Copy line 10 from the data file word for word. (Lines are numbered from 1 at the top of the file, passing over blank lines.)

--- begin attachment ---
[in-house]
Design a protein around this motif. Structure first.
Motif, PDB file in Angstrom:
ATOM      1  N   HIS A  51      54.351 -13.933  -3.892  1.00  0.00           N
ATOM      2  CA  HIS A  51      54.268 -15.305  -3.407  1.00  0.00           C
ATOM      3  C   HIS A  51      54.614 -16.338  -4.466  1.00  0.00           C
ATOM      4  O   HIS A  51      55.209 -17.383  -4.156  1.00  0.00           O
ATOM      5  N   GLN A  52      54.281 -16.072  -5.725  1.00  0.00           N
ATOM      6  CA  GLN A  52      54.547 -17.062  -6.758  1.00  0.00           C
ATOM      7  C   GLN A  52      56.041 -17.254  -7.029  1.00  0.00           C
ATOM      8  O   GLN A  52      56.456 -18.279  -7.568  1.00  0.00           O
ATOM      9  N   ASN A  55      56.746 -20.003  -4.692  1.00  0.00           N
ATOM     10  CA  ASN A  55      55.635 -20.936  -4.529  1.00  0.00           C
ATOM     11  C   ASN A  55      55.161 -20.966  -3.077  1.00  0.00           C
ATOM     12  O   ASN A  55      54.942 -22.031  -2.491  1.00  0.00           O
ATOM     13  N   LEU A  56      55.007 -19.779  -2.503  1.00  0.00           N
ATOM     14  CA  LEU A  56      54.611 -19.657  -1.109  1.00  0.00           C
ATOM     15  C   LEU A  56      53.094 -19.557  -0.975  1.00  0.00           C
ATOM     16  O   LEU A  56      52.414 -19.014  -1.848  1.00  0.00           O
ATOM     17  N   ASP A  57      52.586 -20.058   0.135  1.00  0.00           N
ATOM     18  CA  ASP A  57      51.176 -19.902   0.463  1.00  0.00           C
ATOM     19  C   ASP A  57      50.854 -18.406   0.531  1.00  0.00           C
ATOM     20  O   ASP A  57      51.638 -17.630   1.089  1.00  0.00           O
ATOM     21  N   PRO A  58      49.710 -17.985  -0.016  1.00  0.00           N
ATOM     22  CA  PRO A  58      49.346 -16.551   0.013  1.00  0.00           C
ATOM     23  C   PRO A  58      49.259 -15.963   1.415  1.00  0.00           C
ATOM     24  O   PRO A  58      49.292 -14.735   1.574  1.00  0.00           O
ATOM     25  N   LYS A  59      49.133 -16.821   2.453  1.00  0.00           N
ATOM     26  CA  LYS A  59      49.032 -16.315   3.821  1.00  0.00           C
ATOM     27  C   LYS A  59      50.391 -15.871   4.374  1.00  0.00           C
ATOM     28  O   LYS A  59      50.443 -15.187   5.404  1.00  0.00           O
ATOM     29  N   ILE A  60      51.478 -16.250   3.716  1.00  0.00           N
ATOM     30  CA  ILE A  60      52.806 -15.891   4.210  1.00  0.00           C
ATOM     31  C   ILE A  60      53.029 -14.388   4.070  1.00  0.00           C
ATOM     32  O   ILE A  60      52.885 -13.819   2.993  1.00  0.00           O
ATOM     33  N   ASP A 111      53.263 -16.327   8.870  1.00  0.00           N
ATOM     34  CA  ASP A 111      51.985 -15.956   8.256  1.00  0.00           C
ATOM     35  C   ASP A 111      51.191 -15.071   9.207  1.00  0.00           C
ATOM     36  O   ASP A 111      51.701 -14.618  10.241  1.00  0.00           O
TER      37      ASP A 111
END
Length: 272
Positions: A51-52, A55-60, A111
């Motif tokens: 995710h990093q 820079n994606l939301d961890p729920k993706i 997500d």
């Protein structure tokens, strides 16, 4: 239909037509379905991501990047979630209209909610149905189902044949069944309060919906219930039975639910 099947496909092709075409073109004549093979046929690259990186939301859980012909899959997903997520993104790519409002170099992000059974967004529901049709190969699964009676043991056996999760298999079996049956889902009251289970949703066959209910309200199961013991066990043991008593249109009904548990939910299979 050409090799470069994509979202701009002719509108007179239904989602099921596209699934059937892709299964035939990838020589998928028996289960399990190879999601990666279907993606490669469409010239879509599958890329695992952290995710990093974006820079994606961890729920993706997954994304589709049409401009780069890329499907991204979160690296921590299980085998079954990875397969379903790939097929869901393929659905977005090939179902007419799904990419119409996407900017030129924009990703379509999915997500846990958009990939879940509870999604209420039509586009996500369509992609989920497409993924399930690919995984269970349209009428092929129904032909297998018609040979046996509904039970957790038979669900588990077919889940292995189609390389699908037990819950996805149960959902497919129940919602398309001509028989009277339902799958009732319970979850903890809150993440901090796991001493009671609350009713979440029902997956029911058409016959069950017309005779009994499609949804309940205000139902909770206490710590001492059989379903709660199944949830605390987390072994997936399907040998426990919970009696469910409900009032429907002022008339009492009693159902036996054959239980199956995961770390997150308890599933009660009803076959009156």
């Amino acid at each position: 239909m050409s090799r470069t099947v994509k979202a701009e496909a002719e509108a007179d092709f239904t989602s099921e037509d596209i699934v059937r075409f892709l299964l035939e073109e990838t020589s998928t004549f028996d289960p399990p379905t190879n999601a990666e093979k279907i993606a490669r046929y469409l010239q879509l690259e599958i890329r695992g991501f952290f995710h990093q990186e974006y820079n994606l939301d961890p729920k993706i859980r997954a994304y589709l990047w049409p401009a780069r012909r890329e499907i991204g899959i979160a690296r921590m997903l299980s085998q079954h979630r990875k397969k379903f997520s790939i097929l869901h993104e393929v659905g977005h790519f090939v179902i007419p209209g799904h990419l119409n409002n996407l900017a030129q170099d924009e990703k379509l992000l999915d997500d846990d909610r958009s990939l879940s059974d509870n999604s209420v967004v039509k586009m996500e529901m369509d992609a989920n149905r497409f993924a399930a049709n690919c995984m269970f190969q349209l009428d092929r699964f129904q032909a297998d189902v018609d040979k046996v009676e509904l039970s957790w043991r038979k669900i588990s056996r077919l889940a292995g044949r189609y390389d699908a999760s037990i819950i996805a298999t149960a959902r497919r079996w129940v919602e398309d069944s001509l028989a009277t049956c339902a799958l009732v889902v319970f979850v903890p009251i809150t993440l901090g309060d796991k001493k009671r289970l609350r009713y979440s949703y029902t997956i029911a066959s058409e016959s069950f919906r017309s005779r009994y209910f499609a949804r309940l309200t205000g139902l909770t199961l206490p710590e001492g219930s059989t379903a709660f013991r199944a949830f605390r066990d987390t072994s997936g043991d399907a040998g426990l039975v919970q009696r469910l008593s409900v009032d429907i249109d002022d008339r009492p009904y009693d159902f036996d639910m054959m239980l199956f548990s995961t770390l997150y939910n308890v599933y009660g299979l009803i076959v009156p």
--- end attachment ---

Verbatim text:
ATOM      7  C   GLN A  52      56.041 -17.254  -7.029  1.00  0.00           C